The play call is a double stick concept to the right by the number two and number three receivers in the flex trips formation. On the two receiver side, the pass concept is the “Dragon” slant/flat concept. This play is a good example of a play call designed to be either/or. Against single-high coverage, the play should go to the slant/flat side. Against two high coverage, the play should go to the double stick side. Since it is a quick game concept, the play is not really designed to be a full field read. The pass protection shows why.

Formation: Gun empty trips right flex

The formation designates the quarterback in shotgun in an empty backfield with the H (Jones) split out in the slot to the left. “Trips right flex” in the play call designates the tight end split out wide as the number one receiver. Tight end Josiah Deguara is running a clear out route to make space for the stick routes.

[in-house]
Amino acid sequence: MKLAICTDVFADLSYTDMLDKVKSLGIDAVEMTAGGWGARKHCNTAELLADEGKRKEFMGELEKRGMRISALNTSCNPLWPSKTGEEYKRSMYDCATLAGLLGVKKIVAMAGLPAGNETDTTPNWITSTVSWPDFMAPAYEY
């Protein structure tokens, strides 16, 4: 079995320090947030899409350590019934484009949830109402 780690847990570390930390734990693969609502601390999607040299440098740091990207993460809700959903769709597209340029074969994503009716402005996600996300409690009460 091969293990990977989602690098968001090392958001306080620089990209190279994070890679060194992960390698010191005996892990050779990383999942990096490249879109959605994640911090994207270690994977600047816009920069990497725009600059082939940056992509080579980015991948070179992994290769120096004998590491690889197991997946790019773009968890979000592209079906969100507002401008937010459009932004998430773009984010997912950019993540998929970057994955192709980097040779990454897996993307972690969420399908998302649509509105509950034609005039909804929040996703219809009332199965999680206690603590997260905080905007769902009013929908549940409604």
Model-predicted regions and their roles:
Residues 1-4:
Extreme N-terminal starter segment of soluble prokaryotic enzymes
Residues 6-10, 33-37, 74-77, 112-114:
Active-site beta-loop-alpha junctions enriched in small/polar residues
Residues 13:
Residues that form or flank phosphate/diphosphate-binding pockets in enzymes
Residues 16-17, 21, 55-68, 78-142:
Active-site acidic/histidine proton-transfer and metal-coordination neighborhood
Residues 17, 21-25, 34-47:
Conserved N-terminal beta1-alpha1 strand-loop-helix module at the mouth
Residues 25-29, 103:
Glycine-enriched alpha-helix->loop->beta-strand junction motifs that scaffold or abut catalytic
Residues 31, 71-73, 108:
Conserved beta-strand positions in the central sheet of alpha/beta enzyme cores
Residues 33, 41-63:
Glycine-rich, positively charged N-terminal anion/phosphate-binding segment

383/382 or Scat pass protection

383/382 in the play call is scat pass protection. Scat is similar to jet pass protection with two main exceptions: 1) the running back free releases into the field on a route, making it a five-man pass protection and 2) the blocking is considered more man blocking instead of zone blocking for the offensive line because of the five-man pass protection. 2-scat slides the line to the left and 3-scat slides the line to the right based on where the greatest threat or strength of the defense is.

For purposes of the play call, it’s not clear if Matt LaFleur still uses 80 series pass protection or if he uses the more standard 2/3 scat in the play call. Sean McVay switched to the 80 series pass protection in Washington presumably after Kyle Shanahan and Matt LaFleur left. Either way, the premise is still the same.